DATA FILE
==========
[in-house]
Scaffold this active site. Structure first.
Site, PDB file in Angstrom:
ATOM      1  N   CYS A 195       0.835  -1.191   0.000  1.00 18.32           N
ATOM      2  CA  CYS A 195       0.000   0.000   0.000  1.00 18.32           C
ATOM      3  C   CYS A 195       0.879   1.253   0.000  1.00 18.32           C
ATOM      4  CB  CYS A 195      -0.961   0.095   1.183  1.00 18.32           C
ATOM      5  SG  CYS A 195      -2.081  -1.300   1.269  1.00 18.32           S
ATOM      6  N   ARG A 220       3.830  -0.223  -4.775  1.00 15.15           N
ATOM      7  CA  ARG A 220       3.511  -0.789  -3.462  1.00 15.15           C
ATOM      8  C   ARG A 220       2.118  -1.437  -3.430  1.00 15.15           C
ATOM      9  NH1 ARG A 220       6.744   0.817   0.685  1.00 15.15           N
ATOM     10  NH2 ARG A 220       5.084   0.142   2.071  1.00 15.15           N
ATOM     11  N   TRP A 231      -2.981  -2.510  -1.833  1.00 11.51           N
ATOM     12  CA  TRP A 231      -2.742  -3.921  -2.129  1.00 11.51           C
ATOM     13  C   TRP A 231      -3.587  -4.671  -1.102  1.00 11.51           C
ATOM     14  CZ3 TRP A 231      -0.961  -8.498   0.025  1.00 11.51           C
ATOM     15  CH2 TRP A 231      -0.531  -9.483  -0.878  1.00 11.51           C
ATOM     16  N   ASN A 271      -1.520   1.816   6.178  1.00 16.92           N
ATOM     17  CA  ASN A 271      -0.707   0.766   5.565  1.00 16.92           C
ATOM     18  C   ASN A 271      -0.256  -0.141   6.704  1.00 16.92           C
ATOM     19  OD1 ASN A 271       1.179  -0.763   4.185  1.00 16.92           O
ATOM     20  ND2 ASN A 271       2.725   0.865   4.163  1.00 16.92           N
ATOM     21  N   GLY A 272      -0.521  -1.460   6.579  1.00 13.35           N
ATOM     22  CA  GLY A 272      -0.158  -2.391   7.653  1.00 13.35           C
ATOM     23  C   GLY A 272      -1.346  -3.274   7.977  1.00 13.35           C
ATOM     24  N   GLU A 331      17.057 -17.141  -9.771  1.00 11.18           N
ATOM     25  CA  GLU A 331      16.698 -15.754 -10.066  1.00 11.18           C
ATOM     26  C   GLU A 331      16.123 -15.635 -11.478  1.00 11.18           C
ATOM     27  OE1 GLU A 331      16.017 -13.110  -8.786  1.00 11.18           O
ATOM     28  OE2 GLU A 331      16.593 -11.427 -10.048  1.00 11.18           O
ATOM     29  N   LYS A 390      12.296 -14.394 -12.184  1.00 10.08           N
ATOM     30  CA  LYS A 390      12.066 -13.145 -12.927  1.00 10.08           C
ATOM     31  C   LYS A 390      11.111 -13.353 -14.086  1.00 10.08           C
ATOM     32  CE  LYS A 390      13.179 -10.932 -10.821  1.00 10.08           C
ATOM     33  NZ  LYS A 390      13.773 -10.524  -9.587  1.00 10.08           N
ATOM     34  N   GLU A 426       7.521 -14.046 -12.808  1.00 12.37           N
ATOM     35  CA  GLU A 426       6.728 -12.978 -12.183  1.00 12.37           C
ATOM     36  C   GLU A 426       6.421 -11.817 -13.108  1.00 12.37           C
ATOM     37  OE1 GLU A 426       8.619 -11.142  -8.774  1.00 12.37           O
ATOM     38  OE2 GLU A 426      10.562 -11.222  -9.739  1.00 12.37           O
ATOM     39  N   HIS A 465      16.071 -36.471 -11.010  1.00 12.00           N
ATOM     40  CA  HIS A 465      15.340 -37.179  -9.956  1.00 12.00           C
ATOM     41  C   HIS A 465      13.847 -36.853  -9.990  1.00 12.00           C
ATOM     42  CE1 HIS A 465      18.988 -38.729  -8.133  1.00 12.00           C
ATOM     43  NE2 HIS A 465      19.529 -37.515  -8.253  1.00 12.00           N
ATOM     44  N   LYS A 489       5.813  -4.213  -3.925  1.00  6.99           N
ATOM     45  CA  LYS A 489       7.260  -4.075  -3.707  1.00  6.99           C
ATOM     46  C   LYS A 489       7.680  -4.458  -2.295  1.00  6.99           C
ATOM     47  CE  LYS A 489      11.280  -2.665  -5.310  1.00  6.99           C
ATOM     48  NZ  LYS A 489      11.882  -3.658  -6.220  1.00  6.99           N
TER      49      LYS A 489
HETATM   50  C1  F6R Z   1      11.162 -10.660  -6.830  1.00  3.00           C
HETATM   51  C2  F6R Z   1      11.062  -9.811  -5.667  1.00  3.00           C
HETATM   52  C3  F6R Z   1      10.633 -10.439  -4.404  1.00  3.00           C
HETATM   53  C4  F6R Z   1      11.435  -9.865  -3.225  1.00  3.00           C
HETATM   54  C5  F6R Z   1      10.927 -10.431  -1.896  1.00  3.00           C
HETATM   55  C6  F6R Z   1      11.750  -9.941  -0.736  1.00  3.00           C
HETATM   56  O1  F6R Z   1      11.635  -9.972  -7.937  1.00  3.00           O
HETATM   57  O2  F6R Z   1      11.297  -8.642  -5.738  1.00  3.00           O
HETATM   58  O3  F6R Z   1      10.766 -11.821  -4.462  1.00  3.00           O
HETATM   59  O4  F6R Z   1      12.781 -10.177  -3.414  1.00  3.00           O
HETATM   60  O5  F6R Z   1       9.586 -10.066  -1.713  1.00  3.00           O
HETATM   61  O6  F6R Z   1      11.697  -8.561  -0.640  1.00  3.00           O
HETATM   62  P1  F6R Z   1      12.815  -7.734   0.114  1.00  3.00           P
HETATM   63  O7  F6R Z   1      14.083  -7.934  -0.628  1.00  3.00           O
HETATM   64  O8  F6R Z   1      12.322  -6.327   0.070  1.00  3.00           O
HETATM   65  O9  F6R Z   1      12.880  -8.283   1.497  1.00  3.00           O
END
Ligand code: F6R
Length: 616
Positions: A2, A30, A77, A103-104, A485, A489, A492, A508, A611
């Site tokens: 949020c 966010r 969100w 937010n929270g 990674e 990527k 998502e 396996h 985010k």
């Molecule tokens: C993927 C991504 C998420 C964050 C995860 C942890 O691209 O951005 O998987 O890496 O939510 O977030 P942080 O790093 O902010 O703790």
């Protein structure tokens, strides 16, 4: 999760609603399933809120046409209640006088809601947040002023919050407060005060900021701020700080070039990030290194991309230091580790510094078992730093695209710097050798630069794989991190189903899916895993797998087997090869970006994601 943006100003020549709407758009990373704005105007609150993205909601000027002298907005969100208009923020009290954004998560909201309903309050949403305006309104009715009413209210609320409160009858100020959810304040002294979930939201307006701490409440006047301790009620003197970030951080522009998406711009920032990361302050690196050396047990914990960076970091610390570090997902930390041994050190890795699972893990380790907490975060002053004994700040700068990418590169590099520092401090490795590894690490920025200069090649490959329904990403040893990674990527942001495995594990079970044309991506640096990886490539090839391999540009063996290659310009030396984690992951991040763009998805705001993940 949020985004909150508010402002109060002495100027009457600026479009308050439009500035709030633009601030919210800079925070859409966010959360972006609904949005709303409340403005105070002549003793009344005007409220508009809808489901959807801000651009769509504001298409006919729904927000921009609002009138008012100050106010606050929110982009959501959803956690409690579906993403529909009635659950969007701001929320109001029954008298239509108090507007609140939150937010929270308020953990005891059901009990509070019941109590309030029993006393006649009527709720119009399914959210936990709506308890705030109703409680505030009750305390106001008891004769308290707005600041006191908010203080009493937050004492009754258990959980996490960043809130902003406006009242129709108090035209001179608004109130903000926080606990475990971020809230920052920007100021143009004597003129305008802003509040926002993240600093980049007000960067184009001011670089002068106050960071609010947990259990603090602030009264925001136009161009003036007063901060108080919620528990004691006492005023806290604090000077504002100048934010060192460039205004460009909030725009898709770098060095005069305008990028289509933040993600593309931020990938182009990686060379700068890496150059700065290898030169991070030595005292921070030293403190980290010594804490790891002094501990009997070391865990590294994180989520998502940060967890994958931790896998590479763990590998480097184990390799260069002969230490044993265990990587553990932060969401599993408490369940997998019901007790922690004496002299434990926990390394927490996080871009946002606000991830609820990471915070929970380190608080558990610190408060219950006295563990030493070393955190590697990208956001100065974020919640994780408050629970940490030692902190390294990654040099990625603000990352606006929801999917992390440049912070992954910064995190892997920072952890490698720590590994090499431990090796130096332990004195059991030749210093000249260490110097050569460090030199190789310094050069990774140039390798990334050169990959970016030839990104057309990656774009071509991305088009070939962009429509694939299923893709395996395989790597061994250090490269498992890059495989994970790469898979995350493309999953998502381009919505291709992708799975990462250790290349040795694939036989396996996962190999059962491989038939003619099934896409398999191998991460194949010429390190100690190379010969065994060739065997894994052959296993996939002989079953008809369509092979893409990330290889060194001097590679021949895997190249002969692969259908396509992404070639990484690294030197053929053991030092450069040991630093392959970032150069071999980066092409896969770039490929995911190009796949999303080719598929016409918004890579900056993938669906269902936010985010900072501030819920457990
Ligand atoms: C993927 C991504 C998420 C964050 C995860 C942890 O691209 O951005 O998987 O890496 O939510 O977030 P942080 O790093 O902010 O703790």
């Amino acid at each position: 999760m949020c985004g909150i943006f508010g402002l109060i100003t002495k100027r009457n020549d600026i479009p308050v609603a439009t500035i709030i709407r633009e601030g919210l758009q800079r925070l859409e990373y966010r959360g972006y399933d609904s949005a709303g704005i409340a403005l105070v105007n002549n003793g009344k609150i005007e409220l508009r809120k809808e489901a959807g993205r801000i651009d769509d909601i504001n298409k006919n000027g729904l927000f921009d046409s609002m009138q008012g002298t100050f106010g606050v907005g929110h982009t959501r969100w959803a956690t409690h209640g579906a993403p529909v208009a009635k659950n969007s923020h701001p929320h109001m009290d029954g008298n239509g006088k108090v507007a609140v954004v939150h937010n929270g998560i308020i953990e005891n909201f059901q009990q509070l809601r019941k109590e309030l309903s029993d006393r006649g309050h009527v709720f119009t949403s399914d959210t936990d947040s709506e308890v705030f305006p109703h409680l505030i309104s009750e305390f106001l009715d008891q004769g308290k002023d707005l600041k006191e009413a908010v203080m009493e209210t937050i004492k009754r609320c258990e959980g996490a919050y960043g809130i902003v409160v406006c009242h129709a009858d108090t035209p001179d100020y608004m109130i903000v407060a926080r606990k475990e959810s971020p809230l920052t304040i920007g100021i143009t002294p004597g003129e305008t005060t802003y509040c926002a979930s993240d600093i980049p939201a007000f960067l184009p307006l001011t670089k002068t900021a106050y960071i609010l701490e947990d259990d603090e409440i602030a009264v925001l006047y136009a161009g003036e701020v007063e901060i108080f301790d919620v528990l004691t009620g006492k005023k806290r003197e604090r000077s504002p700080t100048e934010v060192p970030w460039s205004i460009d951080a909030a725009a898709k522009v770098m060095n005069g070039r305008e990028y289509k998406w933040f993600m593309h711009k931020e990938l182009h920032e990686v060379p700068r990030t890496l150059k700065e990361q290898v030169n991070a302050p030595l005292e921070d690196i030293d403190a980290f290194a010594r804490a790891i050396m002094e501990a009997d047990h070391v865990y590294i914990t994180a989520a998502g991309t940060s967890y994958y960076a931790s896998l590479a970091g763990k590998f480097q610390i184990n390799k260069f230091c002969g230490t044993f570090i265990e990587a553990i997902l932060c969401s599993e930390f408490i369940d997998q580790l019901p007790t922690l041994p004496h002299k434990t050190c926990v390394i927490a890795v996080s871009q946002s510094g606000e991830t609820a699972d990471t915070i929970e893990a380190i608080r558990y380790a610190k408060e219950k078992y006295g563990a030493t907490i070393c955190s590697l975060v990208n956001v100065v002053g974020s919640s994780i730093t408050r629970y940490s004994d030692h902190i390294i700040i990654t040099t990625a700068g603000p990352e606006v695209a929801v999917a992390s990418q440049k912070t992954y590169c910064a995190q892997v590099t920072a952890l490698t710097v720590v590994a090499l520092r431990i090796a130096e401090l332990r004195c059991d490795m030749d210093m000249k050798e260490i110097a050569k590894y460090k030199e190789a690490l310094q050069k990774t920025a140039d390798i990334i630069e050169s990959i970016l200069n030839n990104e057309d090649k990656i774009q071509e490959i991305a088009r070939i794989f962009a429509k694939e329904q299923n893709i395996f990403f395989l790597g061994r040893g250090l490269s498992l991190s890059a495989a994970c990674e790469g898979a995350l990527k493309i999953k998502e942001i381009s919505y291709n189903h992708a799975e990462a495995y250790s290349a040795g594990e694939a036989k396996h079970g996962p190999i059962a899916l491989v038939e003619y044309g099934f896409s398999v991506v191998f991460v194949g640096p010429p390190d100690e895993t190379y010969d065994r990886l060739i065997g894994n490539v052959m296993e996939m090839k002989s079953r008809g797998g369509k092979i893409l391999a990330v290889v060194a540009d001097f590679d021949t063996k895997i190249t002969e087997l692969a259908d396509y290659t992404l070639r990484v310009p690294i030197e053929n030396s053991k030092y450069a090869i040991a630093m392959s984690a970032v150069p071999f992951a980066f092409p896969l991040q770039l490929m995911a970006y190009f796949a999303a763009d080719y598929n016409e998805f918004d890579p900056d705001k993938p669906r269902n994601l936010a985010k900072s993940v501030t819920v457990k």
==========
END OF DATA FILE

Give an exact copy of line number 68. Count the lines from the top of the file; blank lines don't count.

HETATM   65  O9  F6R Z   1      12.880  -8.283   1.497  1.00  3.00           O